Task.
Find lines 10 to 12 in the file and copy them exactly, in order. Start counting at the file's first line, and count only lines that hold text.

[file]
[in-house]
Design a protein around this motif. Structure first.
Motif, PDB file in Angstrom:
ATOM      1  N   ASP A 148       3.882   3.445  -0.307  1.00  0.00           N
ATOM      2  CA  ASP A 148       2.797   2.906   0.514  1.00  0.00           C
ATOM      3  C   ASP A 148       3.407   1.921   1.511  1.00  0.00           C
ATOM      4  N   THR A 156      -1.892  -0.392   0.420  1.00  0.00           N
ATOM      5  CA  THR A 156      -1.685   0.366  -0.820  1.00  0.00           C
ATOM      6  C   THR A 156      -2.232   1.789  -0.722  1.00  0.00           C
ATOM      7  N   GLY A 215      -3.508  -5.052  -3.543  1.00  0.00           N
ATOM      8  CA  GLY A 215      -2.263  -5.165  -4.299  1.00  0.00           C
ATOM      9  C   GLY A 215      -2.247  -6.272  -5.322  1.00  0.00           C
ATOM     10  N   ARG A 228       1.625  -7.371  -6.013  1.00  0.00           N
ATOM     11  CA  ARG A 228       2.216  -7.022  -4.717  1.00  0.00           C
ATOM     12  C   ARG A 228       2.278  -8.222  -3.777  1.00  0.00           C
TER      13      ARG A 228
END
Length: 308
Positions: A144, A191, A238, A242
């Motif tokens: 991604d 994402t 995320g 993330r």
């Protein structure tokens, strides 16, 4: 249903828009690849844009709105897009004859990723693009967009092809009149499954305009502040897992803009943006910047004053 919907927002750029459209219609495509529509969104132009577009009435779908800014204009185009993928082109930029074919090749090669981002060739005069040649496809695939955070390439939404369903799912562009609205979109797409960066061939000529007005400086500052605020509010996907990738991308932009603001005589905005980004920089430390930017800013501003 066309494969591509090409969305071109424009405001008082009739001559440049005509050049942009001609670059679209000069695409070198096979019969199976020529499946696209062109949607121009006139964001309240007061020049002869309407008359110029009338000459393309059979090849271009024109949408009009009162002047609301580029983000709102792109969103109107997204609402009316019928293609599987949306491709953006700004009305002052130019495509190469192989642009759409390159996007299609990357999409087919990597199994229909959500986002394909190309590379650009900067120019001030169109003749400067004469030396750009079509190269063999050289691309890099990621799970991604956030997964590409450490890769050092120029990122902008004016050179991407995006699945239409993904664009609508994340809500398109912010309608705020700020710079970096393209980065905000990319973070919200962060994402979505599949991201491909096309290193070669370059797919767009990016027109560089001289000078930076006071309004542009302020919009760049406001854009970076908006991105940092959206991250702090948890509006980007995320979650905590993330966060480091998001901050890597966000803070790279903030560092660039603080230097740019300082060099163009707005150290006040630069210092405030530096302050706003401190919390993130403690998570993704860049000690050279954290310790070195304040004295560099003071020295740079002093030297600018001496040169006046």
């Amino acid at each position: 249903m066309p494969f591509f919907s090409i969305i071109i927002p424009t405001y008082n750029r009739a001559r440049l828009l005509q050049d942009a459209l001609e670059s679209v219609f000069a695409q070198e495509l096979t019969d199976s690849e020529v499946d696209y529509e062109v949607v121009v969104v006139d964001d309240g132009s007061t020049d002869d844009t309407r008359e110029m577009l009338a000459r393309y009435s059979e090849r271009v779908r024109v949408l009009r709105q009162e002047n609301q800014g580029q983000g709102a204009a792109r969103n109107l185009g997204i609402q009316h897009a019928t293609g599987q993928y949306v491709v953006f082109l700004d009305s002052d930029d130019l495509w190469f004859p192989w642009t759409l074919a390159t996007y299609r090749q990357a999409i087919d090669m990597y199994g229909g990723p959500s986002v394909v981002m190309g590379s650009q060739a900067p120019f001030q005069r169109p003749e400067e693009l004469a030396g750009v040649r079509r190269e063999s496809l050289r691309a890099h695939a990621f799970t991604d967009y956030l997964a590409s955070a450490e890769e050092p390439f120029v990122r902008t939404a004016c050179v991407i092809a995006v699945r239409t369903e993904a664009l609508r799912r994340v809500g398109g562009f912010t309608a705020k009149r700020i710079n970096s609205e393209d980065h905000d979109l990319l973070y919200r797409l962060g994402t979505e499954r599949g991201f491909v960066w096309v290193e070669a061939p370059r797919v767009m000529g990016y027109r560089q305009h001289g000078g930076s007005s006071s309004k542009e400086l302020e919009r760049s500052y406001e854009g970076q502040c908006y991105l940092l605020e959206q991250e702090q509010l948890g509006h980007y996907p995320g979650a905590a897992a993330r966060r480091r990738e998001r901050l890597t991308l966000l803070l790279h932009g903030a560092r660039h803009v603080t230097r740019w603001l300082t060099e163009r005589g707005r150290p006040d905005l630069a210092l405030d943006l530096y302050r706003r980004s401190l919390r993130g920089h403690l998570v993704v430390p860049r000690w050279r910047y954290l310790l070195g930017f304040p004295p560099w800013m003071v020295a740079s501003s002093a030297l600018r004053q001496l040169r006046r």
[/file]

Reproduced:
ATOM      7  N   GLY A 215      -3.508  -5.052  -3.543  1.00  0.00           N
ATOM      8  CA  GLY A 215      -2.263  -5.165  -4.299  1.00  0.00           C
ATOM      9  C   GLY A 215      -2.247  -6.272  -5.322  1.00  0.00           C